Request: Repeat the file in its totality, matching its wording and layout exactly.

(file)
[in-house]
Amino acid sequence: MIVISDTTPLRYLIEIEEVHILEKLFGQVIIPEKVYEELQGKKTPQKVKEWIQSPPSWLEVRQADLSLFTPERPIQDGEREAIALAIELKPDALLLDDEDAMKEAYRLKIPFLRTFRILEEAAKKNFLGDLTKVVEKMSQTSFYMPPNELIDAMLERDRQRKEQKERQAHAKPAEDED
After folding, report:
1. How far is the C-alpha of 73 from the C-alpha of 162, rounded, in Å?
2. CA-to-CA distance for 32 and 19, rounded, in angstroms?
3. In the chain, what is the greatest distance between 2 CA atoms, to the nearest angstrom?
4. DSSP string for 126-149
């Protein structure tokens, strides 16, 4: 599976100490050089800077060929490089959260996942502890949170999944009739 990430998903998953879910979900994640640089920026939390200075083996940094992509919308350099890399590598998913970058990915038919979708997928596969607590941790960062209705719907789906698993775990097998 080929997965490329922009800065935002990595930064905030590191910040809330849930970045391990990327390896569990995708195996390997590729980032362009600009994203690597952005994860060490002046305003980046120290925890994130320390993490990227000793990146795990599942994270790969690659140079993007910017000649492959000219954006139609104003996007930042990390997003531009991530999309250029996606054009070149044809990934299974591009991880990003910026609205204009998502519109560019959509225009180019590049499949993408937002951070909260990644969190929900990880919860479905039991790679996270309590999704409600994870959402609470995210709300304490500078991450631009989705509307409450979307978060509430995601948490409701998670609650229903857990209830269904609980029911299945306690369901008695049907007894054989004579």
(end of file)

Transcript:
[in-house]
Amino acid sequence: MIVISDTTPLRYLIEIEEVHILEKLFGQVIIPEKVYEELQGKKTPQKVKEWIQSPPSWLEVRQADLSLFTPERPIQDGEREAIALAIELKPDALLLDDEDAMKEAYRLKIPFLRTFRILEEAAKKNFLGDLTKVVEKMSQTSFYMPPNELIDAMLERDRQRKEQKERQAHAKPAEDED
After folding, report:
1. How far is the C-alpha of 73 from the C-alpha of 162, rounded, in Å?
2. CA-to-CA distance for 32 and 19, rounded, in angstroms?
3. In the chain, what is the greatest distance between 2 CA atoms, to the nearest angstrom?
4. DSSP string for 126-149
């Protein structure tokens, strides 16, 4: 599976100490050089800077060929490089959260996942502890949170999944009739 990430998903998953879910979900994640640089920026939390200075083996940094992509919308350099890399590598998913970058990915038919979708997928596969607590941790960062209705719907789906698993775990097998 080929997965490329922009800065935002990595930064905030590191910040809330849930970045391990990327390896569990995708195996390997590729980032362009600009994203690597952005994860060490002046305003980046120290925890994130320390993490990227000793990146795990599942994270790969690659140079993007910017000649492959000219954006139609104003996007930042990390997003531009991530999309250029996606054009070149044809990934299974591009991880990003910026609205204009998502519109560019959509225009180019590049499949993408937002951070909260990644969190929900990880919860479905039991790679996270309590999704409600994870959402609470995210709300304490500078991450631009989705509307409450979307978060509430995601948490409701998670609650229903857990209830269904609980029911299945306690369901008695049907007894054989004579």